The campaign includes videos that address common travelers’ concerns (shoes, ID, traveling with kids, laptops, etc.), web banners on travel-related sites and outreach to airline and travel sites encouraging them to post links to tsa.gov so passengers can get security-related information. Our goal is to reach people when they’re most focused on preparing for travel – when they book their flights or print out their boarding passes. The more people are prepared, the better it is for everyone.
Before I leave, I want to thank the people at TSA who built, maintain and participate on the blog – many didn’t think we could launch it and weren’t sure what would happen once we did. I’d also like to thank everyone who reads and comments on the blog. Good and bad, your input is appreciated and useful to many of us here at TSA.
Friday, January 9, 2009
1) It’s fine to be critical of the TSA on the blog. We never expected our blog to be a haven for our fans to wave their big foam hand that reads “TSA is #1.” It’s obvious if you read all of the previous comments on our blog that we’re not shy of criticism. In fact, we may appear to be masochistic at times. However, that criticism should be respectful. To maintain a civil discourse on the blog, we just can’t post overly disrespectful comments or name calling of any kind. (crybaby, idiot, rent-a-cop, moron, etc.) We get sarcasm, and it’s still OK to be snarky, of course.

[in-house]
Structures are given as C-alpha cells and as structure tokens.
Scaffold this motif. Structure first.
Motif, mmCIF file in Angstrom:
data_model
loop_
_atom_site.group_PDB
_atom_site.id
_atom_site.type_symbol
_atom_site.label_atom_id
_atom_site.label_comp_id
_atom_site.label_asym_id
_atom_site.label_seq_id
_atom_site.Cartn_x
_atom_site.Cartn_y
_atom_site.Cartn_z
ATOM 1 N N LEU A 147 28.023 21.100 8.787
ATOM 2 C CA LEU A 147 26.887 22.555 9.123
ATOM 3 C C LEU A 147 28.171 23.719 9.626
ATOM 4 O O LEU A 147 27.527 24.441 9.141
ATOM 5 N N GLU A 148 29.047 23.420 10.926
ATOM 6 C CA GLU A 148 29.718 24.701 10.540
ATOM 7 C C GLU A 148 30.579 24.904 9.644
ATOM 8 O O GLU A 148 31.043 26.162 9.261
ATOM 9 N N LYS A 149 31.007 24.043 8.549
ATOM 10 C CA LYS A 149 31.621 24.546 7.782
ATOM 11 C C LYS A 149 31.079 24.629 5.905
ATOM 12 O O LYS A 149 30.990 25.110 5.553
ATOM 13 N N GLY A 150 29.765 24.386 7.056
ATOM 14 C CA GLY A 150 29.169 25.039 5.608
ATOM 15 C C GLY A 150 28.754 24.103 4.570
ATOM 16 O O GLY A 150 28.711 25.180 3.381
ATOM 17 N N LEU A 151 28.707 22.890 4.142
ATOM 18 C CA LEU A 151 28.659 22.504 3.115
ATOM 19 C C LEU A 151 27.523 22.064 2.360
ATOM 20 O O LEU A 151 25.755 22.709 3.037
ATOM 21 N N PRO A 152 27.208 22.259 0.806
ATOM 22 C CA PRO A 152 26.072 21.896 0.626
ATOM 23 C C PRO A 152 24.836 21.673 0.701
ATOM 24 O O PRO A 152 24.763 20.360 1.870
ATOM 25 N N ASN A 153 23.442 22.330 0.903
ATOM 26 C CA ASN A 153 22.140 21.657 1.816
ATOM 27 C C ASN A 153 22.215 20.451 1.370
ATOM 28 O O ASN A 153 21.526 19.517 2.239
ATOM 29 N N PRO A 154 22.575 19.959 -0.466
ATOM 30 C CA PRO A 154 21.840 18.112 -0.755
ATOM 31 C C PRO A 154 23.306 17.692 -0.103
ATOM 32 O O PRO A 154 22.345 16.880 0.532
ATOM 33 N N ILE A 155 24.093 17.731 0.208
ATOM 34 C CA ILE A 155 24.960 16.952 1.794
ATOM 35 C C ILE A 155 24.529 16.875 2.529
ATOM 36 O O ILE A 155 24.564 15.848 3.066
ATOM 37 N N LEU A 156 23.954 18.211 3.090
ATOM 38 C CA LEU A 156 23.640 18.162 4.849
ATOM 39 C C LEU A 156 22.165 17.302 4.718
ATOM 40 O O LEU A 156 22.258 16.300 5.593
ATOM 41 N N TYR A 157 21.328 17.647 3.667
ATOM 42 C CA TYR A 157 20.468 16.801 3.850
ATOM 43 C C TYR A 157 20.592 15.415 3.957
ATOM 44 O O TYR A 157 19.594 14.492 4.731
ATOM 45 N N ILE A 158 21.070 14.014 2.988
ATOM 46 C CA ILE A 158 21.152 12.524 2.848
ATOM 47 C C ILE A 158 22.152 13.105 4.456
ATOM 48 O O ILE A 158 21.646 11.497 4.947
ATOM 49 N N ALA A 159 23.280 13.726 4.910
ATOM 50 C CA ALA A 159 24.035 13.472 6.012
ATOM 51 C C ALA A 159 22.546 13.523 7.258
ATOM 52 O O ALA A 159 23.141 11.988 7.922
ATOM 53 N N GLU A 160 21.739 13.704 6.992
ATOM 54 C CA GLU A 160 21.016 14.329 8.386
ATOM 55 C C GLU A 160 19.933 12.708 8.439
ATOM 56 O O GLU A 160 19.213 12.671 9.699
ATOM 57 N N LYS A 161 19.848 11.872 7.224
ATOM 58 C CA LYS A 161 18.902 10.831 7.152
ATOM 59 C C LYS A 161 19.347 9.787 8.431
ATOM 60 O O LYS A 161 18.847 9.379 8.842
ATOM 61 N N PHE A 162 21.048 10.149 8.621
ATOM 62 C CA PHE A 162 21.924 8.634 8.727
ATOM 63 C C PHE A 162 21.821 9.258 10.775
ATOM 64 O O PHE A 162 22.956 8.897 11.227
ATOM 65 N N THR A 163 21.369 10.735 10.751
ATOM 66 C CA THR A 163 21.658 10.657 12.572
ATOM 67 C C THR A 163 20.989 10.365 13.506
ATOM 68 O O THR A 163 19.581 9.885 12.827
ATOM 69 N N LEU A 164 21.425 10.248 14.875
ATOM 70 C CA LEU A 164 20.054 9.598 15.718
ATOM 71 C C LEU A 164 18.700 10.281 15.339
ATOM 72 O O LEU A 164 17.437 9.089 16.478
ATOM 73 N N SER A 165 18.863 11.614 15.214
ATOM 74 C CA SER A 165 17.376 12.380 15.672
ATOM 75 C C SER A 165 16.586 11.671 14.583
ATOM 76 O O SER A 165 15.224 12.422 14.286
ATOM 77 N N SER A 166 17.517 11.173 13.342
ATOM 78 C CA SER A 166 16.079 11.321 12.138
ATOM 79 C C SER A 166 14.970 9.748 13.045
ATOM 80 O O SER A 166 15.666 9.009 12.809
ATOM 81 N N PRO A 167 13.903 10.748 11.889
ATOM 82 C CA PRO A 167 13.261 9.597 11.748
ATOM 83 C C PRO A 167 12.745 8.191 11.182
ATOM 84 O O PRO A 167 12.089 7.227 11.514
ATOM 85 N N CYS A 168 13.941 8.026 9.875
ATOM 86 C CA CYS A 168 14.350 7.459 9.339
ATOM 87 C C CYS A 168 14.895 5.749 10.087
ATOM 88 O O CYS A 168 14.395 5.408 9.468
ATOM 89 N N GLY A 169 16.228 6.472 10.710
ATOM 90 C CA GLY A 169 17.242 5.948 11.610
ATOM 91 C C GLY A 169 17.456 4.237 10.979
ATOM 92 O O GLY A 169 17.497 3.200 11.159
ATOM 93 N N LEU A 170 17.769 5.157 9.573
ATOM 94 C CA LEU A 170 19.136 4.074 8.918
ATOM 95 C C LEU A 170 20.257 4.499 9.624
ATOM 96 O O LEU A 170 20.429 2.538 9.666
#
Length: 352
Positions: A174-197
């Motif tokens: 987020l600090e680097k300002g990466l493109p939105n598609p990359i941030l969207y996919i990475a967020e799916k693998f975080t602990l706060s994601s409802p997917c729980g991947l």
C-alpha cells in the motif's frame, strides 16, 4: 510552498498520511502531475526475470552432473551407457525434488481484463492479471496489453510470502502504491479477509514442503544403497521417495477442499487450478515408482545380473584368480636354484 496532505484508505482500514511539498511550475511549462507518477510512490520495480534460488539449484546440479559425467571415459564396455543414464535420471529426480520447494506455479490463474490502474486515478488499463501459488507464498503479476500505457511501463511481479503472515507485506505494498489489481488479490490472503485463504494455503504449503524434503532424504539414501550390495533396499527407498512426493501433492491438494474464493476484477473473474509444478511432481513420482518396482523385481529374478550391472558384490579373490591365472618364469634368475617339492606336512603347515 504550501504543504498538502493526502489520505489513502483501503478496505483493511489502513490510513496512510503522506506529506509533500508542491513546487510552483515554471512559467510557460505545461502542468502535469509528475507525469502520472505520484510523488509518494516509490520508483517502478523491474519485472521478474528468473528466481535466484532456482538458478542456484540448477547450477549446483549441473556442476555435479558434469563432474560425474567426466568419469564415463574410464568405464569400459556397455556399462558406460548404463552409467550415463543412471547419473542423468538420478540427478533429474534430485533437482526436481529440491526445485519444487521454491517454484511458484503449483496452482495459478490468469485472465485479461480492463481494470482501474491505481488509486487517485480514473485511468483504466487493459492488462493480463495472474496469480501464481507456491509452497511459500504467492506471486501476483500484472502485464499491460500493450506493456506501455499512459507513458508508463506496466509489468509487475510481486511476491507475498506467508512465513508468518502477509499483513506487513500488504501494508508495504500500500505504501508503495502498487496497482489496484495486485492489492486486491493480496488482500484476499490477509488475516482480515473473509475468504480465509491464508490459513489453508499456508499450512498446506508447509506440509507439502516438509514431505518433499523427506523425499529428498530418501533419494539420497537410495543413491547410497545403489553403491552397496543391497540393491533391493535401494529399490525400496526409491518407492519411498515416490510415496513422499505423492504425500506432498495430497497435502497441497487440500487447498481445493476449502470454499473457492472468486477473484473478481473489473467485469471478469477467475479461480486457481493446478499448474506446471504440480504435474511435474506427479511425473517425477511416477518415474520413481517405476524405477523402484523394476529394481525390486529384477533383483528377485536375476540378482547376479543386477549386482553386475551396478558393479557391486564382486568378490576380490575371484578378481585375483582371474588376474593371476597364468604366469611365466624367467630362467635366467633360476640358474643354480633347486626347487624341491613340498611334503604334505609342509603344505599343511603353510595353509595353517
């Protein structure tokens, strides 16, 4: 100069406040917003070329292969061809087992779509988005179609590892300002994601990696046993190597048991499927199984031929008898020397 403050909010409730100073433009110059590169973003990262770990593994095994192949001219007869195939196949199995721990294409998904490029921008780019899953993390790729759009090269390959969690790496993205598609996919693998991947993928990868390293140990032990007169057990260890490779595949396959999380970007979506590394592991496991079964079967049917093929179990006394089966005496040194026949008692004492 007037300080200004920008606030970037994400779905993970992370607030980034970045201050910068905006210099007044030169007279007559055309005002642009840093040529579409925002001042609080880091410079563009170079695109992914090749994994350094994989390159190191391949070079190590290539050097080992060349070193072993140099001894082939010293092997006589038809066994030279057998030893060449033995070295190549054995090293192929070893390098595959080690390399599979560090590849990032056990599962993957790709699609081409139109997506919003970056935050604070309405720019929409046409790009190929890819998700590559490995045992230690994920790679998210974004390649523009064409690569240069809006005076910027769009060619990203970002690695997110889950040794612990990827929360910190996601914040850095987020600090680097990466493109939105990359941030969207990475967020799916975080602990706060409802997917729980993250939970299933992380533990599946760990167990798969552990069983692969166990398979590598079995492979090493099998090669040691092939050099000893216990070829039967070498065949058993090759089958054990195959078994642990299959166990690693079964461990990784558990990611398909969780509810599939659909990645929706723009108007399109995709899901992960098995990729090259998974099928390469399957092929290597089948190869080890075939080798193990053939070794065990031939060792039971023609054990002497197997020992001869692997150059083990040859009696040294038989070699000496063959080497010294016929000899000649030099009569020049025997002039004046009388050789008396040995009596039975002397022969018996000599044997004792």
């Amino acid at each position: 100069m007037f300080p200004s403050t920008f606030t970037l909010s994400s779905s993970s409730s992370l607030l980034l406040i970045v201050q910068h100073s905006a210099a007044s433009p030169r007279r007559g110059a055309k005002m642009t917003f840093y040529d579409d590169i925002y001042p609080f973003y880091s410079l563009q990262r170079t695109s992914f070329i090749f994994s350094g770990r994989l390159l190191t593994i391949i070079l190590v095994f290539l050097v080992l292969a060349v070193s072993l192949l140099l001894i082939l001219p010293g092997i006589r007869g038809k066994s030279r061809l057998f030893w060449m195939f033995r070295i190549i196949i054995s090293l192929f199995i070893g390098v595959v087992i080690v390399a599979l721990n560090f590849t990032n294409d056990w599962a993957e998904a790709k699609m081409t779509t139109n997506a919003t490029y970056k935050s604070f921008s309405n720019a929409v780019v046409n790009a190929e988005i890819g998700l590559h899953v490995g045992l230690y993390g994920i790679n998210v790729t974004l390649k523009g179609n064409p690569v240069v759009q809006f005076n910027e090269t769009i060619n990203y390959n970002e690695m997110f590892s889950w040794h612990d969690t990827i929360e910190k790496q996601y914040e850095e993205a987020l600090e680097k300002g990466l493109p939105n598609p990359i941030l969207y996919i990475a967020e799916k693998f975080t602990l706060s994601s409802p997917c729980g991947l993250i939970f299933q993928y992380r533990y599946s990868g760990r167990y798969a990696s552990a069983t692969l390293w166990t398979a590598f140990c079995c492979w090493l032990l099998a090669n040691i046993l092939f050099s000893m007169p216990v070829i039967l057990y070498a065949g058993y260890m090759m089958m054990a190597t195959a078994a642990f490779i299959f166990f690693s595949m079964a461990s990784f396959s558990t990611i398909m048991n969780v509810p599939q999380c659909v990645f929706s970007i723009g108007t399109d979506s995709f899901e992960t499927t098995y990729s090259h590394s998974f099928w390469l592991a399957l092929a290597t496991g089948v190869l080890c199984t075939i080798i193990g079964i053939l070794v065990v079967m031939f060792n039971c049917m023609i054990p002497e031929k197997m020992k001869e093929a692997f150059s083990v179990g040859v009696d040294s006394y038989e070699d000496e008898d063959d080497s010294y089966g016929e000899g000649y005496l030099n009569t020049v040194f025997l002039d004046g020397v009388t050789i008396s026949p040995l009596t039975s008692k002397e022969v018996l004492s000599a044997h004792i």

2) I use some very colorful language when I’m away from family and work, so I’m not offended by vulgarity. However, many people are. Also, this is a government blog, and while we do our best to let our hair down and not be your typical source of government information, we simply can’t allow vulgar language. What isn’t vulgar to you is vulgar to somebody else. So no matter how minor or common the curse word, we won’t publish your comment if it contains any vulgar language. It pains us to do this sometimes. I’ve had to reject some really good comments due to minor curse words. Even if you abbreviate, or use the typical %*$&#*$%(%($*# in place of the actual word, folks still know what you meant and we won’t post it. I’m sure everybody can show their passion for a topic without being a potty mouth. So, consider your rejected post to be a virtual bar of soap that we washed your mouth out with.
3) Spam… Admittedly, we have missed a few here and there, but we do our best to keep the blog spam-free.